The street food of Bangkok is arguably the best in the world. Passing along almost any street it's possible to perpetually graze, like a whale would plankton, on a myriad of delectable morsels from tiny stalls lining the pavements almost 24 hours a day.
In the Mos Eisley like streets around the travellers hub of Khao San road in Bangkok I discovered a dish that haunts my taste buds to this very day. If there is anything that can kick start hunger in me it's the smell of charcoal and barbecued meat. One stall was selling barbecued chicken drumsticks, ribs and these small skewers of meat. I picked up a selection and headed back to the balcony where myself and a couple of others were doing our to best to finish of a bag of finest thai stick before crossing the Cambodian border the next day. After finishing of the chicken and ribs I put one of the skewers in my mouth and instantly transformed into a salivating idiot. The meat was deliciously smoky, sweet, tender and with a slight tang that I couldn't quite place. The taste was just so good I couldn't explain myself to my cohorts in any constructive manner. What I was meaning to say was "Dear God! This barbecued meat is one of the finest things I have ever tasted" but what came out was a series of enthusiastic grunts that went "Munnhhhhh! Munnnnnhh, oghhhh, munhhh...moh, ahmgeddingmoh!". These sticks cost about 4 baht each (10p) so I immediately went down and bought a load more to pass out to my friends. So began an evening of taking it in turns to pick up more skewers from the street below and return to the balcony to eat more and watch the world pass go by. I have seldom in my life spent such a satisfying evening as we sat eating these porky miracles, smoking weed and revelling in the giddy euphoria brought on by eating too much meat.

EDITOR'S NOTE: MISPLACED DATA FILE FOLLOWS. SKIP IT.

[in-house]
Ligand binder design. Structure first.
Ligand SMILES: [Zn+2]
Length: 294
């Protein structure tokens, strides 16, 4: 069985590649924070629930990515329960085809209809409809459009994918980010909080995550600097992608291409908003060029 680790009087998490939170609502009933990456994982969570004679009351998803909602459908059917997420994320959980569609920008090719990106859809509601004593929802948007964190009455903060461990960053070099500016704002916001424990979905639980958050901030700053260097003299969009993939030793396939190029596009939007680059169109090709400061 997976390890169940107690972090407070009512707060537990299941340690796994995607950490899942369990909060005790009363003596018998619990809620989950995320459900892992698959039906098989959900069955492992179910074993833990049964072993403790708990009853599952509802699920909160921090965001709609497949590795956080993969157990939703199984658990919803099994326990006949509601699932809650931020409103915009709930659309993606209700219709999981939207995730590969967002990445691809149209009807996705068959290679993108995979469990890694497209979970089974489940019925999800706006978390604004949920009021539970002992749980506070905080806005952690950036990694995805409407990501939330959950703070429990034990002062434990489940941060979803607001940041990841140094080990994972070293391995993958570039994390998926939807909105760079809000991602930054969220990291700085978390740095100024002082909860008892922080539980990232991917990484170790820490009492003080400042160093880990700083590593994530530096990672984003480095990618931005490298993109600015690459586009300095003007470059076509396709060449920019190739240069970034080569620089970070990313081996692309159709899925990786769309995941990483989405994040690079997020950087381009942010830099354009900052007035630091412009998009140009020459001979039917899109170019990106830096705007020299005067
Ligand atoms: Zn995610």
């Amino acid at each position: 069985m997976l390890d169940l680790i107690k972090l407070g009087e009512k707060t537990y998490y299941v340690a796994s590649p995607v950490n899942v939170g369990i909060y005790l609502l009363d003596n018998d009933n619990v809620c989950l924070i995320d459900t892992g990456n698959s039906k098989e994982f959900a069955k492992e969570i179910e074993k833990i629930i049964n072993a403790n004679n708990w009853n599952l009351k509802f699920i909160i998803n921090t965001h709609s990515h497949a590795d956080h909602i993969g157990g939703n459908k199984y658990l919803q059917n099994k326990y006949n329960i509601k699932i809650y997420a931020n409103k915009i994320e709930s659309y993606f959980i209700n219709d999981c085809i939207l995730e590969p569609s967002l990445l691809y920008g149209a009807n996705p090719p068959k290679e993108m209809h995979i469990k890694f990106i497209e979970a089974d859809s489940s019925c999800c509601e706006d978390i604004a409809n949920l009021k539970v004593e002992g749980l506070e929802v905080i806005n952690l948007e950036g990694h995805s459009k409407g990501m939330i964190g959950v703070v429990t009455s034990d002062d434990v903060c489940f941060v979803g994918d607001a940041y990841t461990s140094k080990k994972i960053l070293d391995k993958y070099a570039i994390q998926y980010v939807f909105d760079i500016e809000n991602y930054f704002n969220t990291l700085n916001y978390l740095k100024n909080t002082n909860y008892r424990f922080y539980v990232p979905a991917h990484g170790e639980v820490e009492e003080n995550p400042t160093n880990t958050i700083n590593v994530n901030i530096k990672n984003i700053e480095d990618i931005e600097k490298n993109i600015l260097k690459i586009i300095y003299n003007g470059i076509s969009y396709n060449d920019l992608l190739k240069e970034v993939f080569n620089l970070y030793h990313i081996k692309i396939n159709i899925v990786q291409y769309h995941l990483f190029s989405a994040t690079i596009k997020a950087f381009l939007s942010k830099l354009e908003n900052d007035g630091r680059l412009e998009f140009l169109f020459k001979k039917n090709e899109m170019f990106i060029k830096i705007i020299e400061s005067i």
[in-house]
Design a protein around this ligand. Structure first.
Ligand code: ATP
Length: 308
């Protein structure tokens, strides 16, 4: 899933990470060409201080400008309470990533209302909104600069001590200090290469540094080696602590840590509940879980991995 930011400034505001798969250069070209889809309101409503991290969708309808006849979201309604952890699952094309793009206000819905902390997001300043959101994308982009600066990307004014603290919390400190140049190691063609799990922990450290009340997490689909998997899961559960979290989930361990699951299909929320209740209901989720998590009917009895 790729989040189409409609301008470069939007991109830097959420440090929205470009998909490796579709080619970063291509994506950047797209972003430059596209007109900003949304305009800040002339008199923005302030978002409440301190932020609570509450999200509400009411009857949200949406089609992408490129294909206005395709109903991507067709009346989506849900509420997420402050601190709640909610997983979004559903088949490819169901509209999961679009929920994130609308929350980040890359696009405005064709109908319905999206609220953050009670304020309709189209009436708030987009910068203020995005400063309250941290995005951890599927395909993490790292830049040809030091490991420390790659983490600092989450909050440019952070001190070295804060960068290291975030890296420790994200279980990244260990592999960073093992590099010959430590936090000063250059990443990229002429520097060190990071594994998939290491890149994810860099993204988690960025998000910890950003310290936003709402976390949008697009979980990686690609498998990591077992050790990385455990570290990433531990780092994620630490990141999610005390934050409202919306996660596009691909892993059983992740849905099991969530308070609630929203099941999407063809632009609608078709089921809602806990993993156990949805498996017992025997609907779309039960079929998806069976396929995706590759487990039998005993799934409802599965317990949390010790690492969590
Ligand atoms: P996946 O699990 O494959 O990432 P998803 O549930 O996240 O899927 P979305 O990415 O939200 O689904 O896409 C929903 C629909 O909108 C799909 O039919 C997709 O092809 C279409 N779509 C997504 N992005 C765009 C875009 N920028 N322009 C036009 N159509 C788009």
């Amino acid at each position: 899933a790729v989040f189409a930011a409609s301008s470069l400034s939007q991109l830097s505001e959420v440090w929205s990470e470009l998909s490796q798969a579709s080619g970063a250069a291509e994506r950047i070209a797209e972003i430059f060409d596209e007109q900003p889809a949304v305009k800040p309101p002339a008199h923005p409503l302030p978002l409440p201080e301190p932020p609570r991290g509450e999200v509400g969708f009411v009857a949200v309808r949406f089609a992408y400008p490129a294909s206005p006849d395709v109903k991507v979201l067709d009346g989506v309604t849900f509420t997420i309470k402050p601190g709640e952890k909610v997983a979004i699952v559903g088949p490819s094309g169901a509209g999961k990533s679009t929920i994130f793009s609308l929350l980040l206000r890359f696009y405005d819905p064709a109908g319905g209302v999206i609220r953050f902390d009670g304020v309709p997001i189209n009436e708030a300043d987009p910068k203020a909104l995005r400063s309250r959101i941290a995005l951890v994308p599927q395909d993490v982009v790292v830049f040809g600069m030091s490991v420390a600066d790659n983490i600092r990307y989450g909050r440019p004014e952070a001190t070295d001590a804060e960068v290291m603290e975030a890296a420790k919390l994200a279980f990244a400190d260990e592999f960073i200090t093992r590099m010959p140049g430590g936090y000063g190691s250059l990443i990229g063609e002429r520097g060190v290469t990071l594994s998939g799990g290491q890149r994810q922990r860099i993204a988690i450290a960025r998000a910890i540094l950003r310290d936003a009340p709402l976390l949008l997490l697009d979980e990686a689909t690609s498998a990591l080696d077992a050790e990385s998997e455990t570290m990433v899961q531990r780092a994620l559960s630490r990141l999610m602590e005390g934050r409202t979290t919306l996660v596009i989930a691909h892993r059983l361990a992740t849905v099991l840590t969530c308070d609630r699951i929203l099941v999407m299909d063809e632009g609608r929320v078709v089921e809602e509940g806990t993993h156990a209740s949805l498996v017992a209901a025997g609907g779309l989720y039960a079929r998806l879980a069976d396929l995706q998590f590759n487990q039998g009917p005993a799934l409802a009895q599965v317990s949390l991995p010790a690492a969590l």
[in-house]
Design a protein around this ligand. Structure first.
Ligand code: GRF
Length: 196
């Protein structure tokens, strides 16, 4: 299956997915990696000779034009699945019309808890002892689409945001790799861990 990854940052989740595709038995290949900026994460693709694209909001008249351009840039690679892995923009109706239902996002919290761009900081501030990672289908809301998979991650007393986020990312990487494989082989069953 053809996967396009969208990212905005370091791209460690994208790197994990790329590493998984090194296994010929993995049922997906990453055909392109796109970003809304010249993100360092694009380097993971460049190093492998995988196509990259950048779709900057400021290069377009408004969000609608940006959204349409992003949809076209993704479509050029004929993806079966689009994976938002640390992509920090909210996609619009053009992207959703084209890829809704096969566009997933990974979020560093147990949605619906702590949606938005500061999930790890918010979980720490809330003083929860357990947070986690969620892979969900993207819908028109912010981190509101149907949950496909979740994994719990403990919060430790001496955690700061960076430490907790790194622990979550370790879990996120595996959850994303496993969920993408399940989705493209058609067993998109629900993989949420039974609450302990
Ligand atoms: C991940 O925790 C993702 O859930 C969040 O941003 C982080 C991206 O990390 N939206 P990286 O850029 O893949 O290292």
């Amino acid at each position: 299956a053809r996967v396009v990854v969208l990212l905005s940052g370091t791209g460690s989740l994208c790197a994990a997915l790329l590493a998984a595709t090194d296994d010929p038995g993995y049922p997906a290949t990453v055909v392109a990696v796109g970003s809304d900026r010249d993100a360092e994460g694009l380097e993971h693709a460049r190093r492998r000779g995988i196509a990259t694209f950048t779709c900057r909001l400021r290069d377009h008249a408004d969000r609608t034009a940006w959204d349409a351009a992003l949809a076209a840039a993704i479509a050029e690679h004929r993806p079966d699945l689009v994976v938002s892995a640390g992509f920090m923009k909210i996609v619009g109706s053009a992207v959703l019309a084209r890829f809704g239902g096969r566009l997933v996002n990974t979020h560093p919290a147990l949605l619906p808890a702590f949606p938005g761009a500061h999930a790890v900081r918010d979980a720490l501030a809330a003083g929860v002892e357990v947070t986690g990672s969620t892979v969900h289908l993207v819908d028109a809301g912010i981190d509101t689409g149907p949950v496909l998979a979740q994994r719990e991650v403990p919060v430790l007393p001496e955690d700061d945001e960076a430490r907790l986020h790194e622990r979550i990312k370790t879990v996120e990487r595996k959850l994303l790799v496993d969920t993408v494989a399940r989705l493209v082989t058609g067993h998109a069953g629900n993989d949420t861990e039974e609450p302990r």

Vegetarians often cite bacon as being their greatest meaty temptation but they can't have sampled these sticks of Thai delight before. I'd defy even the most committed veggie to resist their lure. Even Morrissey. Lock him in a room with a plate of these and within minutes he'd have scoffed had the lot and be licking the juices off his fingers with eyes rolled back in his head in ecstasy. I swear they are that good.
For months after I got back from Thailand the memory of their taste would come back to haunt me in my dreams like the memory of an old lover I just couldn't forget.
For months after I got back from Thailand the memory of their taste would come back to haunt me in my dreams like the memory of an old lover I just couldn't forget. It was torturous and heartbreaking. All other food became bland and uninteresting, mere fuel while my tastebuds demanded satisfaction. Finally, one day whilst walking through a summer festival a familiar smell hit my nostrils that instantly transported me thousand of miles away back to a certain night in Bangkok. The elusive skewers!! I found the stall selling them and discovered from the owners that they're called Moo Ping. After spending a good while buying up most of their stock the owners gave me 4 free skewers and the recipe on how to make them, perhaps on the understanding that I would leave them alone and give some other customers a chance.
With the secret in my grasp, the ability to make them at a whim, they inevitably lost some of their allure. I still make them if I'm having a barbecue, if only to watch peoples faces as their minds catch up with their taste buds, but they'll never be quite as good as they are from the chaotic streets of Bangkok.
After further research I discovered that Moo Ping has been the undoing of many a good Israeli traveller whilst in Thailand. Many indicating that they can't eat pork will do the international impression of the cow and say "Moooo" which unfortunately in Thai translates as the word for pork. In doing so they may compromise their religious ideals but they will have discovered something far, far better.
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